“This makes a pretty strong case for not allowing early withdrawals in future.”
Those who withdrew super moved quickly to spend, withdrawing on average $1064 from an ATM at a time when the use of cash dropped significantly. The next largest identifiable expenditure was on gambling, with an average spend per person of $293.
Earners on the lowest income were the most likely to use their withdrawal on gambling or getting cash from an ATM. Those on the highest incomes were more likely to save their withdrawal.
Withdrawn money was spent on furniture and office equipment, supermarkets, restaurant or takeaway meals and at department stores.
Those who withdrew super spent at least 43 per cent, or about $4000, of their first withdrawal within eight weeks of getting the cash. Spending rose by 129 per cent in the first fortnight of the scheme coming online.
Hamilton said he understood the case for allowing people to use their own money, but the super withdrawal policy had revealed the danger of doing so.
“I tend to lean towards free markets and individual choice, and indeed this was an explicit justification for the policy – giving people access ‘to their own money’,” he said.
“But this evidence is just so powerful that a large subset of the population has difficulty making sound decisions for their long-term future – it’s one of those cases where constraining people can make them better off. A sobering thought for an economist.”
Low-income, regional and remote parts of the country were the most likely to use the scheme.
The four highest withdrawal rates were in parts of the country where more than 80 per cent of residents are Indigenous Australians. They included the Far North Queensland areas of Northern Peninsula, Yarrabah, Palm Island and the Torres Strait Islands.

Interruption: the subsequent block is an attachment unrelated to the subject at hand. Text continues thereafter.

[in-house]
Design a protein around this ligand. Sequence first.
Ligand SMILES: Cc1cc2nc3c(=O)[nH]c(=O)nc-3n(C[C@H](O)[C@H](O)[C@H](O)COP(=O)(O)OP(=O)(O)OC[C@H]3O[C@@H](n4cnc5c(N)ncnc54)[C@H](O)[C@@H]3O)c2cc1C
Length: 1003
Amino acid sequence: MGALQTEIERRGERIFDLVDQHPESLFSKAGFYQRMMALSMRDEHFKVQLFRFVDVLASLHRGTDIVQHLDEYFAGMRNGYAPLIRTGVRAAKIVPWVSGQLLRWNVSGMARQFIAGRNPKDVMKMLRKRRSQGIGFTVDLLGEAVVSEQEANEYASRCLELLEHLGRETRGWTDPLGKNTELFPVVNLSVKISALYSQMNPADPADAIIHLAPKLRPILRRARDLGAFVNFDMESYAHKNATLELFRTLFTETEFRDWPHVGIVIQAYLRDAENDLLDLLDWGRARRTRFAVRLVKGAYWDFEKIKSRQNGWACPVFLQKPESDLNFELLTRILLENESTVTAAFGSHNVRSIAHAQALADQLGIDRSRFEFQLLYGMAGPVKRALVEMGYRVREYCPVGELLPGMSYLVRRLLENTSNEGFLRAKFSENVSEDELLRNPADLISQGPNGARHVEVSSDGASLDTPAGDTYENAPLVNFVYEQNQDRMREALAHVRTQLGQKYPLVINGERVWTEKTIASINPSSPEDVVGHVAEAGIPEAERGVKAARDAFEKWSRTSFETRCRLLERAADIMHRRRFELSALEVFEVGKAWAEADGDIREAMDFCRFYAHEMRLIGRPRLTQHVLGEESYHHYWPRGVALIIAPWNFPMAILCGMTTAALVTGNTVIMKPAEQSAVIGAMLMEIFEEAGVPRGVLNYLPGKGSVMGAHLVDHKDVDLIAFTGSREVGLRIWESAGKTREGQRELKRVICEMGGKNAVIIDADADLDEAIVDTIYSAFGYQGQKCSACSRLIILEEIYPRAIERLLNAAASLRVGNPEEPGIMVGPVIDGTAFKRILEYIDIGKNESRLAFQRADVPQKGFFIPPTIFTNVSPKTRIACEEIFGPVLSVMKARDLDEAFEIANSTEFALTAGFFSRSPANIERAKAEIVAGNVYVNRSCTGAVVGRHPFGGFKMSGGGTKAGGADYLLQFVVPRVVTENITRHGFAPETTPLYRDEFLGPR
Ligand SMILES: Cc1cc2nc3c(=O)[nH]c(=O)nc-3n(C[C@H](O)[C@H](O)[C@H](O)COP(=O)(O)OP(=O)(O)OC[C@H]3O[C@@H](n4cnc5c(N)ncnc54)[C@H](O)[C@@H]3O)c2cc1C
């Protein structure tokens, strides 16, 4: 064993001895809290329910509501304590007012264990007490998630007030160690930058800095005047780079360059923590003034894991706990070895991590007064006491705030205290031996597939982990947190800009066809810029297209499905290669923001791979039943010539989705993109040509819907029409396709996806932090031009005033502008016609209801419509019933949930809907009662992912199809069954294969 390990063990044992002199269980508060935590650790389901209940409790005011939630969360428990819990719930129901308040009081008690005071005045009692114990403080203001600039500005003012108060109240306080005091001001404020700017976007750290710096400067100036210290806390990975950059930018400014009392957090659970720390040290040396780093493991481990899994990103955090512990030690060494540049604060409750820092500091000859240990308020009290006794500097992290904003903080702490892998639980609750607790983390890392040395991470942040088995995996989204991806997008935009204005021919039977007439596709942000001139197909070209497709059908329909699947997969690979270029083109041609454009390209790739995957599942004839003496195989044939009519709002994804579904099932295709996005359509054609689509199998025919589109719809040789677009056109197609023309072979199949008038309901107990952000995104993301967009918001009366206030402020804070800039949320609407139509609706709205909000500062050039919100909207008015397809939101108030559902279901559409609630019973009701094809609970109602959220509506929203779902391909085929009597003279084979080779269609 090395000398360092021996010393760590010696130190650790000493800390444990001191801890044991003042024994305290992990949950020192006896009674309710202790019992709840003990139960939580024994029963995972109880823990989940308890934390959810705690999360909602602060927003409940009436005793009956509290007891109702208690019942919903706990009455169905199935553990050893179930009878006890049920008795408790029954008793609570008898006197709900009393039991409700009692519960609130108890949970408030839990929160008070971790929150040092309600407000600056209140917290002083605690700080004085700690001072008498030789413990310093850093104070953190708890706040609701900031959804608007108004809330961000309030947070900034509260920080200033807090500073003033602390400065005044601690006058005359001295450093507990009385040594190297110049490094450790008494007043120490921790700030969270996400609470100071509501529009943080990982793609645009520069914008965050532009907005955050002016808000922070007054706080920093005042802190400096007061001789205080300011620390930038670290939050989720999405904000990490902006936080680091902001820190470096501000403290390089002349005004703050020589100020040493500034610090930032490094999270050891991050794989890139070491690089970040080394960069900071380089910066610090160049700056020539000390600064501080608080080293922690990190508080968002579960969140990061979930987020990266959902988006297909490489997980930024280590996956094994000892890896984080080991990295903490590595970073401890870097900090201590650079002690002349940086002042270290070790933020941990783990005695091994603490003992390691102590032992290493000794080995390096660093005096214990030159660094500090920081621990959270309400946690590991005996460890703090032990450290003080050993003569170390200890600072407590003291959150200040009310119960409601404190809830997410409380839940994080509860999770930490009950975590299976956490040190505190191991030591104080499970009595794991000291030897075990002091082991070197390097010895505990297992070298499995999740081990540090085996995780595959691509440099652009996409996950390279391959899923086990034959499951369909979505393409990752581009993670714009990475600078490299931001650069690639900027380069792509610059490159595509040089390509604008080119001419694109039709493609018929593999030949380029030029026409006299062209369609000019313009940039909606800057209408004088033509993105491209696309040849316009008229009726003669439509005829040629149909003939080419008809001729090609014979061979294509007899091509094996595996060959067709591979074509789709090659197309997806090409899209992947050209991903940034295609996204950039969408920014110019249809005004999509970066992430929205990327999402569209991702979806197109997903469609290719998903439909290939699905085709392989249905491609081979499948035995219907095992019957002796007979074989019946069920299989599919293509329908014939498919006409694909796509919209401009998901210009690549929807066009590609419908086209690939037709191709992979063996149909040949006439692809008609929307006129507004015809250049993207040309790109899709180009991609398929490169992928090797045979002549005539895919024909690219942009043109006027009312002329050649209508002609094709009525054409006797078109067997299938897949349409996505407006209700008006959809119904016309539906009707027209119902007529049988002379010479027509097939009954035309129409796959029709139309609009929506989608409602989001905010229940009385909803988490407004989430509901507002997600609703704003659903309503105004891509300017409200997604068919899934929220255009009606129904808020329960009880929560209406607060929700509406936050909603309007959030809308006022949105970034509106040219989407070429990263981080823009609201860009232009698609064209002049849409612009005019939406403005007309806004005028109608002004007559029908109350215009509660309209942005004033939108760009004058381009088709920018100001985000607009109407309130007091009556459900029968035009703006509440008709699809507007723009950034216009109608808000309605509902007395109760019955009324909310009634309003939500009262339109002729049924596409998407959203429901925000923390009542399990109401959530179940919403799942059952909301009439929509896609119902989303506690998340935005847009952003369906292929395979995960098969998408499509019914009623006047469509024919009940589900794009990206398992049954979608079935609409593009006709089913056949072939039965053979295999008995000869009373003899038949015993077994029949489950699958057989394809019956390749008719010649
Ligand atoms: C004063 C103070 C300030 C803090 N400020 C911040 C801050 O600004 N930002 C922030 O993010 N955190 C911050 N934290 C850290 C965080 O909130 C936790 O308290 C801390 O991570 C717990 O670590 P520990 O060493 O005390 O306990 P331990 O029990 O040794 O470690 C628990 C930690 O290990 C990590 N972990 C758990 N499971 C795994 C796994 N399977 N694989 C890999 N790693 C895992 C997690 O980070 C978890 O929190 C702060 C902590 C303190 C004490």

In a host of working-class suburbs clustered in and around the southern Brisbane electorate of Rankin, held by current Treasurer Jim Chalmers, two in five people accessed their super.
Across Sydney, around one in three people a string of suburbs in the south-west, starting in Ashcroft and moving north to Lethbridge Park in the city’s west, used their super. In Melbourne, similar access rates were recorded in the city’s north around Craigieburn, in the west around Melton and to the south-east around Cranbourne.
In more than a third of the 2200 communities tracked by the researchers, at least 20 per cent of people took money from their super. The lowest access rates were in Canberra – of the 20 suburbs or communities with the lowest access rate, 19 of them were in the ACT.
At the time of the program, the tax office and government came under fire for not properly vetting those applying to use their super. The ATO estimated that of the people it had received “intelligence” reports about, around 90 per cent were “more than likely” to have been eligible.
But the researchers estimate between 14 per cent and 18 per cent of the 2.6 million who used the scheme were not eligible.
A spokesperson for shadow treasurer Angus Taylor said the early super access policy was part of a suite of programs that kept Australians in work and training during the COVID-related lockdowns.
“More than 3 million Australians used this policy to access their money at a time when they really needed it,” they said.
“For the vast majority of these Australians, this policy was the lifeline that allowed them to ride out the worst of the COVID economic shock without having to borrow or default on existing loans.”
The spokesperson said the government should not use any review of the policy to change access rules around superannuation.
“The Coalition will consider any reviews on their merits and in full once they are published. It is important the government does not use an isolated policy response to a once-in-a-generation crisis to tighten already strict compassionate early access to superannuation,” they said.